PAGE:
Favelas are generated when rapid urbanization causes population to outstrips the existing housing supply. The rapid growth in population drives up the value of housing. In a normal market, that triggers the development of additional housing until the two equalize. But the essential input of housing is urban land. As the value of housing is rising, so is the value of urban land. Because of the durability of buildings, urban land can be developed only once per generation, so it makes sense to wait to develop until the value increase in urban land has stopped/slowed. While the present value of urban land is high, the expect value of urban land in the future is higher still. As a result, rather than developing a property to its present ‘highest and best use’, landowners instead hold out for the future, when the highest and best user will be even more profitable.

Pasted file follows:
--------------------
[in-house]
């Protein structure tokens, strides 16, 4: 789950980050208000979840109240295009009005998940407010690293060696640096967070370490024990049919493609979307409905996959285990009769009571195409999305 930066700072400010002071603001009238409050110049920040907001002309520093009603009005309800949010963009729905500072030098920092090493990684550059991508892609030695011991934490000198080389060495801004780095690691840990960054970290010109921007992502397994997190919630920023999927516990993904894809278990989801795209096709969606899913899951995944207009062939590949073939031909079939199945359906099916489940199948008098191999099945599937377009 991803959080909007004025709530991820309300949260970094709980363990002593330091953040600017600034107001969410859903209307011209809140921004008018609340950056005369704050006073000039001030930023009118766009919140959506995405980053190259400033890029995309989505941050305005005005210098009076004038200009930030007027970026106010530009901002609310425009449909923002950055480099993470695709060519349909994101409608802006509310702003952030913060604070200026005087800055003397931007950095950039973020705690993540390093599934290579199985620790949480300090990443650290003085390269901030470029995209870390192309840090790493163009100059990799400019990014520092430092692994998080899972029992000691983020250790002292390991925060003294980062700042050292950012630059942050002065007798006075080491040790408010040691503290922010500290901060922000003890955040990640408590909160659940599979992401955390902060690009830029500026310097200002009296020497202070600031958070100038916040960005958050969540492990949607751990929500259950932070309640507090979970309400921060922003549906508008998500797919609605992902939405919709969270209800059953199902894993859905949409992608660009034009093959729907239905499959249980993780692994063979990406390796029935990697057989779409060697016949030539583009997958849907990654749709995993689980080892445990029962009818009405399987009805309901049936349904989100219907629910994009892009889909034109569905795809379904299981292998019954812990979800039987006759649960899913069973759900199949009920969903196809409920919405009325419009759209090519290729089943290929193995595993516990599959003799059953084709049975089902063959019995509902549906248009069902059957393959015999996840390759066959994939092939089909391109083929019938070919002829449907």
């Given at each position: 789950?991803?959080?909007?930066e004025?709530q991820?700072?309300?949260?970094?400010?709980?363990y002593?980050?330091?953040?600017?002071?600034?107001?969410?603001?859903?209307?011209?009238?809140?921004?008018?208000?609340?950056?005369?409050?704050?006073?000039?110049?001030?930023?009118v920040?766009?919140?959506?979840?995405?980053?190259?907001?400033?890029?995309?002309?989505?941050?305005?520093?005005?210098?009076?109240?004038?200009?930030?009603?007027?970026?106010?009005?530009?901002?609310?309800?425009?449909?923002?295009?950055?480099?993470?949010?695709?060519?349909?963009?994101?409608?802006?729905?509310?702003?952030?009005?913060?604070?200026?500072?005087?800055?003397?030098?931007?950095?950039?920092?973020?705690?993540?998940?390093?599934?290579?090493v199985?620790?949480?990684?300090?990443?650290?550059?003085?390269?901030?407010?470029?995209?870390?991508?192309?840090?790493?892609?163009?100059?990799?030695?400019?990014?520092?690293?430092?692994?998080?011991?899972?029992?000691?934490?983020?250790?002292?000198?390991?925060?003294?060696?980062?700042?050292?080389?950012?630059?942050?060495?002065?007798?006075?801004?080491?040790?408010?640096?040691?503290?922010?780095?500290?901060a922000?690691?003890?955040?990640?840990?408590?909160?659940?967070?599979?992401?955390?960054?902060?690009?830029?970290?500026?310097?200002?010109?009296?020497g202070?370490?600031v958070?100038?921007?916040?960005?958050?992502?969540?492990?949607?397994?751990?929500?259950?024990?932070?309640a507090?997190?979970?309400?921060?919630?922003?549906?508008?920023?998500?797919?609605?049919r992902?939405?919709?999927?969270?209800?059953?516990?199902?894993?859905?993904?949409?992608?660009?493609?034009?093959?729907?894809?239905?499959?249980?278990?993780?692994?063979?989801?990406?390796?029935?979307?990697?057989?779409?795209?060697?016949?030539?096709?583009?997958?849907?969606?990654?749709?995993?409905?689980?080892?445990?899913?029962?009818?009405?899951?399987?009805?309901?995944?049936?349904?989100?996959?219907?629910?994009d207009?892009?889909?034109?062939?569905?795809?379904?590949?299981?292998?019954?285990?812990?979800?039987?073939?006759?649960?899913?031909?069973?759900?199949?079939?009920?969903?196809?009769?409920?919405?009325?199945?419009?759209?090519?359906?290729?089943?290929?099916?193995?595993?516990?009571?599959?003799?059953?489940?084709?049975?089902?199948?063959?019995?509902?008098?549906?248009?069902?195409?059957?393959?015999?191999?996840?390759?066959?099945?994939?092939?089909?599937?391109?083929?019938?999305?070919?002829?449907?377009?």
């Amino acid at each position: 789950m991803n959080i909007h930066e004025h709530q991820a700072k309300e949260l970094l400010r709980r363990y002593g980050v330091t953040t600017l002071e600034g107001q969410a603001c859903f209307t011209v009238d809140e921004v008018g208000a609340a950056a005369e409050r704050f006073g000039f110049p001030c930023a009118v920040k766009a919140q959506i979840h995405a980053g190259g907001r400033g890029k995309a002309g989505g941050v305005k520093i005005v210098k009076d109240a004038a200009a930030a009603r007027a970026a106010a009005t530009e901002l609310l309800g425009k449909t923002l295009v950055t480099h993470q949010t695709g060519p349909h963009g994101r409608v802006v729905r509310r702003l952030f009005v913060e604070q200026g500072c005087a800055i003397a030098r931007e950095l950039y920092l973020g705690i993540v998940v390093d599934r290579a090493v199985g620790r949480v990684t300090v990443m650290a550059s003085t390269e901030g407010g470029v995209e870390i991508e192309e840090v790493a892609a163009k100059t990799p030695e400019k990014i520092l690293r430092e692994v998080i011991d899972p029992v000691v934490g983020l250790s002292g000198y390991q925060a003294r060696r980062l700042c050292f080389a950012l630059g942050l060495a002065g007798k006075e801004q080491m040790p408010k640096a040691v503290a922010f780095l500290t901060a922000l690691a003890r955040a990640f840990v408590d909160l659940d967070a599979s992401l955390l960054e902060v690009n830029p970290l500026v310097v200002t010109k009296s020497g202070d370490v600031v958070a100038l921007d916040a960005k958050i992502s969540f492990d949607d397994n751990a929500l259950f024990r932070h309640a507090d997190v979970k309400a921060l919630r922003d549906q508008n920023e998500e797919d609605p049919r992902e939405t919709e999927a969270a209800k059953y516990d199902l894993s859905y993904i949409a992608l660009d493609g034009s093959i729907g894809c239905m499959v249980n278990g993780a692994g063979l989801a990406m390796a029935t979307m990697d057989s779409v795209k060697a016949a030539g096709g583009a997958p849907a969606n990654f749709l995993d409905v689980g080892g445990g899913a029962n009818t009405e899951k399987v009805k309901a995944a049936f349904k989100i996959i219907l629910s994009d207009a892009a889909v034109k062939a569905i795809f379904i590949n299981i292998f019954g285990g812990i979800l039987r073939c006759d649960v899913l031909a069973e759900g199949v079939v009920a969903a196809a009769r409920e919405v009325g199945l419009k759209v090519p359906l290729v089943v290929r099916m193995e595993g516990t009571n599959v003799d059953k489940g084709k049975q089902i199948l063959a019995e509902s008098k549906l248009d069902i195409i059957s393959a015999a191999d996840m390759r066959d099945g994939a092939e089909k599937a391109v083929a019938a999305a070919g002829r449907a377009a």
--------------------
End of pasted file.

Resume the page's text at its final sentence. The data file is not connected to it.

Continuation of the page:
With low land taxes, the cost of ‘holding out’ and waiting until a later time to develop is actually very low.
Because the majority of the value of a land is actually in its future value, the present value of land is largely irrelevant (especially in the context of high inflation), so interim uses are irrelevant—squatters and slums do not matter, insofar as they cannot claim legal title to the land, and can be removed/cleared when the time is appropriate to develop the parcel.